Bloggers Note: This is a post about resurrection and hope. The challenge? To read all the way to the end without getting completely overwhelmed by the pain, loss and grief that always seem to be harbingers of the radical life of resurrection we find through our faith and hope in Jesus Christ. For some, that will be an effort. For others, just putting up with my writing might be enough. Bear with me, though....this challenges me as much as I hope it will console you!
We are all going to die someday. Realize that right now, as you sit there reading this, the last moment leading to this moment....and leading now on to the next moment is proof positive that not only will you someday be dead, you are also in the process of dying. It is a fact of life that we have an unalterable appointment to keep with our dying. It is also a fact that we as human beings are among the few sentient beings on this planet that know we have an incontrovertible end ahead of us. Life is about mortality, and much of our existence is spent either coming to terms with that mortal yoke, or being in some degree of active denial of it to the best of our ability.
Some of you might be actively dying, though if that is the case I urge you to step back from the screen, find a flower and a patch of sunlight and take some time to dwell in the life you have right now instead of rumination on its end. Others of you might have lost someone recently, and so the thought of meditating on death and dying might be difficult. If that is so, then step away from the screen and call a trusted friend, pastor or counselor and reach out. The glory of the internet is that while we pass, data lives on. I am sure that if you choose, then this missive will rest somewhere in your browser cache, and clicking back to it "someday" is better than poking a finger into an open wound.
Those caveats aside, I would like to take a moment to reflect on the mortalities we experience in this life. Some of those are quite personal: our own mortality, the death of a friend or loved one, the tragedy of witnessing a death that comes too soon or too violently (even when that person is a stranger). Others are slightly more abstract: the closing of a favorite place, the cancellation of an activity or program you enjoyed, the shuttering of an institution (a church, a school, a treasured "third place").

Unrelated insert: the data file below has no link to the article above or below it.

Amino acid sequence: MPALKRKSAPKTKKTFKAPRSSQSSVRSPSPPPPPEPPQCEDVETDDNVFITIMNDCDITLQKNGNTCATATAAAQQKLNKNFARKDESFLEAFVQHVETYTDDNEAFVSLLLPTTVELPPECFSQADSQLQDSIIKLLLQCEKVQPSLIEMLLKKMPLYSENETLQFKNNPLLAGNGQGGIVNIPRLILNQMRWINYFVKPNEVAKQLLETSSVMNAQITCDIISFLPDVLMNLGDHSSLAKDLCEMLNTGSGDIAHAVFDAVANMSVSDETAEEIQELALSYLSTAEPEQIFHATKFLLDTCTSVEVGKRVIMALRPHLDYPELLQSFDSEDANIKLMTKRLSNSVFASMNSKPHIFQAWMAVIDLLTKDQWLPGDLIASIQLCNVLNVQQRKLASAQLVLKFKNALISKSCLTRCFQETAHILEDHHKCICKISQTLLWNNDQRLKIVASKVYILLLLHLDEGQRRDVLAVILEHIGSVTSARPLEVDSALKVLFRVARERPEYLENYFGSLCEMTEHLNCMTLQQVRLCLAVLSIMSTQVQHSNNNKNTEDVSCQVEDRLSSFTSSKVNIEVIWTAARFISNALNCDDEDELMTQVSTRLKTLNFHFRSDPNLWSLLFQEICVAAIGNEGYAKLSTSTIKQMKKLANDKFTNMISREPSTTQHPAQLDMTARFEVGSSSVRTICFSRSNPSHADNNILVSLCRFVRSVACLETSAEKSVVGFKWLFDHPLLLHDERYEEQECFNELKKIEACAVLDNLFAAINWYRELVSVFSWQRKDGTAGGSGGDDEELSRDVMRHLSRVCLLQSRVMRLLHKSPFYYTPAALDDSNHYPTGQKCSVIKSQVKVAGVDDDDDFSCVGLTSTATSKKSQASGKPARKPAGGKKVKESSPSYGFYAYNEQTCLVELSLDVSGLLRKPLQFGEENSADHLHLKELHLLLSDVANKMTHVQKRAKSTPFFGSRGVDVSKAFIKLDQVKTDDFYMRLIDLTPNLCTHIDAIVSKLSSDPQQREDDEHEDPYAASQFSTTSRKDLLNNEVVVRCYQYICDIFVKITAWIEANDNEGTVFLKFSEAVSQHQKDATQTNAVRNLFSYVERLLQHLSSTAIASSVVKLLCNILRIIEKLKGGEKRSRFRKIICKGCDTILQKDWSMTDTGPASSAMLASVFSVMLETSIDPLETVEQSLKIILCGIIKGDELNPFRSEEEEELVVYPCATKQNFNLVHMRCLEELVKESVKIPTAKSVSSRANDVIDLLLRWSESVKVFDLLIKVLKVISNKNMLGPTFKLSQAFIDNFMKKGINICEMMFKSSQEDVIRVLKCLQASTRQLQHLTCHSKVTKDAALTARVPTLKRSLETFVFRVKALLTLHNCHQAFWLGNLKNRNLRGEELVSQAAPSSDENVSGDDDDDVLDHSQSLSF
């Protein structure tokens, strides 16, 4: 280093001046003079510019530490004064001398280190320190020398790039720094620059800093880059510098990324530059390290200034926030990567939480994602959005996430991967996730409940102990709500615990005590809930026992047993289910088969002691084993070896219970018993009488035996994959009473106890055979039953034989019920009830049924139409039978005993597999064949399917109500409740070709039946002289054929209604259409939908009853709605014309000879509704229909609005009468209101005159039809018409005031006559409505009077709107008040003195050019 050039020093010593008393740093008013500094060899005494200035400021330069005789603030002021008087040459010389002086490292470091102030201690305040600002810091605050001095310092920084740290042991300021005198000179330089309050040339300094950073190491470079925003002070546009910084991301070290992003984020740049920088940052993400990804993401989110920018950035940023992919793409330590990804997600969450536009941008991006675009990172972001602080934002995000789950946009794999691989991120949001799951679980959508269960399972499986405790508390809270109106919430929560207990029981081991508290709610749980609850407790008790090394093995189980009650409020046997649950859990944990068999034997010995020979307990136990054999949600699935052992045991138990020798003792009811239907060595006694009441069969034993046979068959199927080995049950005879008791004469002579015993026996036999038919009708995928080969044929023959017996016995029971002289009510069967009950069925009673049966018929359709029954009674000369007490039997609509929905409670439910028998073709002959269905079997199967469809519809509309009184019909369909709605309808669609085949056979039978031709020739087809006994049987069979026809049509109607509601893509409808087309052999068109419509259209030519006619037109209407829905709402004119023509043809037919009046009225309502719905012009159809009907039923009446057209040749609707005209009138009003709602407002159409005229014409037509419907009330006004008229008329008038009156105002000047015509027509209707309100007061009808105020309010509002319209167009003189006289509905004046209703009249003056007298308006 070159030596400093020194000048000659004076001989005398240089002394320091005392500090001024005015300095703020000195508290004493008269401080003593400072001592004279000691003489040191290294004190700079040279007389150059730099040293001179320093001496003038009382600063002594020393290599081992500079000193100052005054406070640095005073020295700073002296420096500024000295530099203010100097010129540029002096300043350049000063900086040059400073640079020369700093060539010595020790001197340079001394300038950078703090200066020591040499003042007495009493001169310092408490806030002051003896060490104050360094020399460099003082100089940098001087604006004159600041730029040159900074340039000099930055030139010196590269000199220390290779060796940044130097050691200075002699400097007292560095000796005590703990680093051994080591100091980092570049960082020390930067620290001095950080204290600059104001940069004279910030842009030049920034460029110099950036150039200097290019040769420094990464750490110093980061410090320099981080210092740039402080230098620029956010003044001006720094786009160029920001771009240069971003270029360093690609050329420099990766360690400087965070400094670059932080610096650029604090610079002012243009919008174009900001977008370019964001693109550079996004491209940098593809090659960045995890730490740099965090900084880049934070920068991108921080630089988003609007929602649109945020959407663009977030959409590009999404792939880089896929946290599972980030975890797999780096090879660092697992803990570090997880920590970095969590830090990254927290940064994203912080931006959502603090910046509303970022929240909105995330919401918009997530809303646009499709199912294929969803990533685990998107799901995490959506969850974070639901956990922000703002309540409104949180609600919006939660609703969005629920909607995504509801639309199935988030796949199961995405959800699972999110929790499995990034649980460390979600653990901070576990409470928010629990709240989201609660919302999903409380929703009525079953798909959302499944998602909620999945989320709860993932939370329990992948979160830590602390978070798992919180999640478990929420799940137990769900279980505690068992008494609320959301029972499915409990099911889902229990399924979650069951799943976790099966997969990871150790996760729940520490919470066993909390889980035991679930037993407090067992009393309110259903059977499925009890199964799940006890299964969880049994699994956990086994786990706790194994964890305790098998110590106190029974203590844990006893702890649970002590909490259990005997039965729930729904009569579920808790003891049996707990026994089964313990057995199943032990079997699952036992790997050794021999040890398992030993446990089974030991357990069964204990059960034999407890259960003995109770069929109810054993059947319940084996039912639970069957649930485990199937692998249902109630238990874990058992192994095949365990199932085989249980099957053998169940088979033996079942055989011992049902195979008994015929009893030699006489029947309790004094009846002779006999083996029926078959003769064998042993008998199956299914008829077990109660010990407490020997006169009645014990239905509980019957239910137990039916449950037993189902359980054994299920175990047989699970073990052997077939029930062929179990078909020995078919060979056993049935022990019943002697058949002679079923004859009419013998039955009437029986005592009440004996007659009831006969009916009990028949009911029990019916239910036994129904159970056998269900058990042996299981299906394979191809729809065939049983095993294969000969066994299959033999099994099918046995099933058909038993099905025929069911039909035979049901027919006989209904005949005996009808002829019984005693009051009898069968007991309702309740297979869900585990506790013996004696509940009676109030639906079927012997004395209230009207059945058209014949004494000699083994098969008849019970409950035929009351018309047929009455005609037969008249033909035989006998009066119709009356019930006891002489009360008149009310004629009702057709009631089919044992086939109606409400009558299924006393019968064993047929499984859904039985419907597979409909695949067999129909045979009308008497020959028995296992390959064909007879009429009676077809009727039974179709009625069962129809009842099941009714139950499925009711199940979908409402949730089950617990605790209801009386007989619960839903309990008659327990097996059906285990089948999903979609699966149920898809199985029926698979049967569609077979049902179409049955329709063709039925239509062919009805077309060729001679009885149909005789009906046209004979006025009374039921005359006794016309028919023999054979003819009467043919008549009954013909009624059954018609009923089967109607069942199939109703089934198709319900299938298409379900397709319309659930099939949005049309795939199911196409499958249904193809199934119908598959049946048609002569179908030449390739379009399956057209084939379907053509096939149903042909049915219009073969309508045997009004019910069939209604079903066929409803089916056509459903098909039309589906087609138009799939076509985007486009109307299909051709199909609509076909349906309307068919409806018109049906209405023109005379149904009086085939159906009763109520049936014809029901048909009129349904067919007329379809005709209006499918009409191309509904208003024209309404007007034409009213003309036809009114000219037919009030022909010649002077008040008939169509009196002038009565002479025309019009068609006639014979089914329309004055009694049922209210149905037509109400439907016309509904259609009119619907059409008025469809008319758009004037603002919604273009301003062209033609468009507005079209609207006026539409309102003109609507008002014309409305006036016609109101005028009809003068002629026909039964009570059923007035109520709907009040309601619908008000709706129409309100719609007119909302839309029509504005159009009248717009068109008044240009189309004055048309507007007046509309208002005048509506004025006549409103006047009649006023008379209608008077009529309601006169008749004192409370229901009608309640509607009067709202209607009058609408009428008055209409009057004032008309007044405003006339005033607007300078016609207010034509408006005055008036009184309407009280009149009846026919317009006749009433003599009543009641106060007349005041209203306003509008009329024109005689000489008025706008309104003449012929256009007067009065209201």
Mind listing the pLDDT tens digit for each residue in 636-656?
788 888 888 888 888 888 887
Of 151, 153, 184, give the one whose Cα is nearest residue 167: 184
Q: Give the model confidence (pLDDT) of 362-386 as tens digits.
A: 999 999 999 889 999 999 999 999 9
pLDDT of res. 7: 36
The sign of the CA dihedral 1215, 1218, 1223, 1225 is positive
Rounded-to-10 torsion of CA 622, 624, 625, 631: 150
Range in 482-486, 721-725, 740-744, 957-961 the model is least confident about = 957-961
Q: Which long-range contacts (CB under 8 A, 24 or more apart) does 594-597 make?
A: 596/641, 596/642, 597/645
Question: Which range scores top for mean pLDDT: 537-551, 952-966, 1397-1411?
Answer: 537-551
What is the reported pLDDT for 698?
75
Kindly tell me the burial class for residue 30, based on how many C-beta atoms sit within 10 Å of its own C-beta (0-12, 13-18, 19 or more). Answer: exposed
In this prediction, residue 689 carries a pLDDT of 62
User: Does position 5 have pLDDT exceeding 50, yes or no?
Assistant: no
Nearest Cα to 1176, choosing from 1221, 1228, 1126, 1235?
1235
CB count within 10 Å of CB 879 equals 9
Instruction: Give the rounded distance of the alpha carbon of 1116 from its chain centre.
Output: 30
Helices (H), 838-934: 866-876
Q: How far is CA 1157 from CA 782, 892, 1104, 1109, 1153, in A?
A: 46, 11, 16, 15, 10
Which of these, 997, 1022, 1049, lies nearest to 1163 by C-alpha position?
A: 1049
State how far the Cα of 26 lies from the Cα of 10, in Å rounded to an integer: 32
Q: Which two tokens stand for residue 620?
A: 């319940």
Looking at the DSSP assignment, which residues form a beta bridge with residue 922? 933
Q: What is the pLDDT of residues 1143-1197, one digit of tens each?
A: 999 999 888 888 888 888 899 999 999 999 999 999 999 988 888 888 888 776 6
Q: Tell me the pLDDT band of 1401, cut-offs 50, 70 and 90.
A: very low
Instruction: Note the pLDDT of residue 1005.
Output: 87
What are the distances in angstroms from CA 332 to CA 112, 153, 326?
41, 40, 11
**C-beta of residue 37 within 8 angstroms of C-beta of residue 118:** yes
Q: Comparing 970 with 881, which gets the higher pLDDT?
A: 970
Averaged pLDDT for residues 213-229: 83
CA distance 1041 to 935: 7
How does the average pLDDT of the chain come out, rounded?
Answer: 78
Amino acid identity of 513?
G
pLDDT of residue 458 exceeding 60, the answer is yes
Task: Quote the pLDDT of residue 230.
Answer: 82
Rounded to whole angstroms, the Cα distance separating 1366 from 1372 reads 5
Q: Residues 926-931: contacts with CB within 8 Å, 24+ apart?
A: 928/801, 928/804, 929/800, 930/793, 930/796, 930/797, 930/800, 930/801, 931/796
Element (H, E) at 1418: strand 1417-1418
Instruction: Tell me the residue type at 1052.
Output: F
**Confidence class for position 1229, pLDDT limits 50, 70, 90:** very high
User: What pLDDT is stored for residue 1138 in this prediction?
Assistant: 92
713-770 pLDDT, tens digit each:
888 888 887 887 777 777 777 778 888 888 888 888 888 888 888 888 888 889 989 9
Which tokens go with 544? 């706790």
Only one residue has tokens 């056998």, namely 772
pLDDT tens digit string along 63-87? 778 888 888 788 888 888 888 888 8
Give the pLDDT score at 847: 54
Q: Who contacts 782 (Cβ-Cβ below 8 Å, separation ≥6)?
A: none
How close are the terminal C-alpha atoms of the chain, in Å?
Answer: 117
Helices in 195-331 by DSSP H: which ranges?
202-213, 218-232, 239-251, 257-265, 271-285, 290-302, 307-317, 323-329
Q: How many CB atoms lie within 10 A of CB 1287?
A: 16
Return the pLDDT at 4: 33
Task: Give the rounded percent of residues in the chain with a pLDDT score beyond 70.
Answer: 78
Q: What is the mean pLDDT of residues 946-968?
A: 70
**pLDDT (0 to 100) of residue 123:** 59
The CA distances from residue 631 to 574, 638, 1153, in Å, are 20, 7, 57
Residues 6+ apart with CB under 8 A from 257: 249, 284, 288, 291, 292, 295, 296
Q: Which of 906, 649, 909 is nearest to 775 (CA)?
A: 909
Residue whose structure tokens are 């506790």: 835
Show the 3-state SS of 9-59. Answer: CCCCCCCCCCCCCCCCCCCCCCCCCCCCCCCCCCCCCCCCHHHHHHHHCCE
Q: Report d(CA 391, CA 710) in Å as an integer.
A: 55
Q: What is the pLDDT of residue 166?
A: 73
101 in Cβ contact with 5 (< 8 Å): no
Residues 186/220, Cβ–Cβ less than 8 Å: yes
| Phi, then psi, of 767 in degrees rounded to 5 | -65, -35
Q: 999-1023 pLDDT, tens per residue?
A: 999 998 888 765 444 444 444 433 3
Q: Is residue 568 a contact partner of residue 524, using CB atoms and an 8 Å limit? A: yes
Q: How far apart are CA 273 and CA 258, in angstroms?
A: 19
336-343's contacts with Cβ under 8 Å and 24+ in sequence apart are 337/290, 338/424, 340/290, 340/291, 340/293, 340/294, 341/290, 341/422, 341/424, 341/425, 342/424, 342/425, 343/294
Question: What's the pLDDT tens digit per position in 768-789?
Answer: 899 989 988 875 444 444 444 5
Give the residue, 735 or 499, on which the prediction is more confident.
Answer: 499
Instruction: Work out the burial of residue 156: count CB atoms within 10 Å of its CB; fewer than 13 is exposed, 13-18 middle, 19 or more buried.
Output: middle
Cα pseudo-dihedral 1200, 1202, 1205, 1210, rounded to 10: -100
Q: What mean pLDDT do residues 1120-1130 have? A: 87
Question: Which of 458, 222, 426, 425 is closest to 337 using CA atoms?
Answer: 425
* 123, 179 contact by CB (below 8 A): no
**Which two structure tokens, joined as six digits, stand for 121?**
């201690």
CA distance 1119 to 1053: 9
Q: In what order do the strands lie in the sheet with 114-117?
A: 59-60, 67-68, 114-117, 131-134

Right now, I am pondering the possible, and sadly it seems quite probable, death of my seminary. The place I was formed and trained as a postulant and then candidate for holy orders in the Episcopal Church, The General Theological Seminary of the Episcopal Church, is and has been in crisis for the last few couple of years. At this moment in time, as the Dean, the faculty, the Board of Trustees, the Alumni/ae and the Student Body struggle, it looks like the prognosis is grim, at best.
Some of it is about money, or the lack thereof. Choices were made in years past that leveraged the real estate the seminary sits on in lower Manhattan against a debt service that blew out of control when the economy crashed in 2008. Some of it is due to the unwieldy nature of a board of governance that actually outnumbers the population of students enrolled. Some of it is due to competing visions of just how and for what purpose people are formed for ministry, ordained or otherwise, in the Episcopal Church. Some of the conflict has become personal, hurtful, and the damage done and wounds inflicted are at the least painful...and for some they feel mortal, indeed.
All of that forment is doing two things...it is challenging us, who call GTS a spiritual home, to reevaluate the ideal that a place can be "forever." Easy enough to admit in abstract. What happens when you have to confront the fact that the place you knew and loved, the place that formed you, will not likely be there at the end of this year? Perhaps the next? The end, then, is not far off. It is nearer than you think.
|Is now the winter of our discontent?|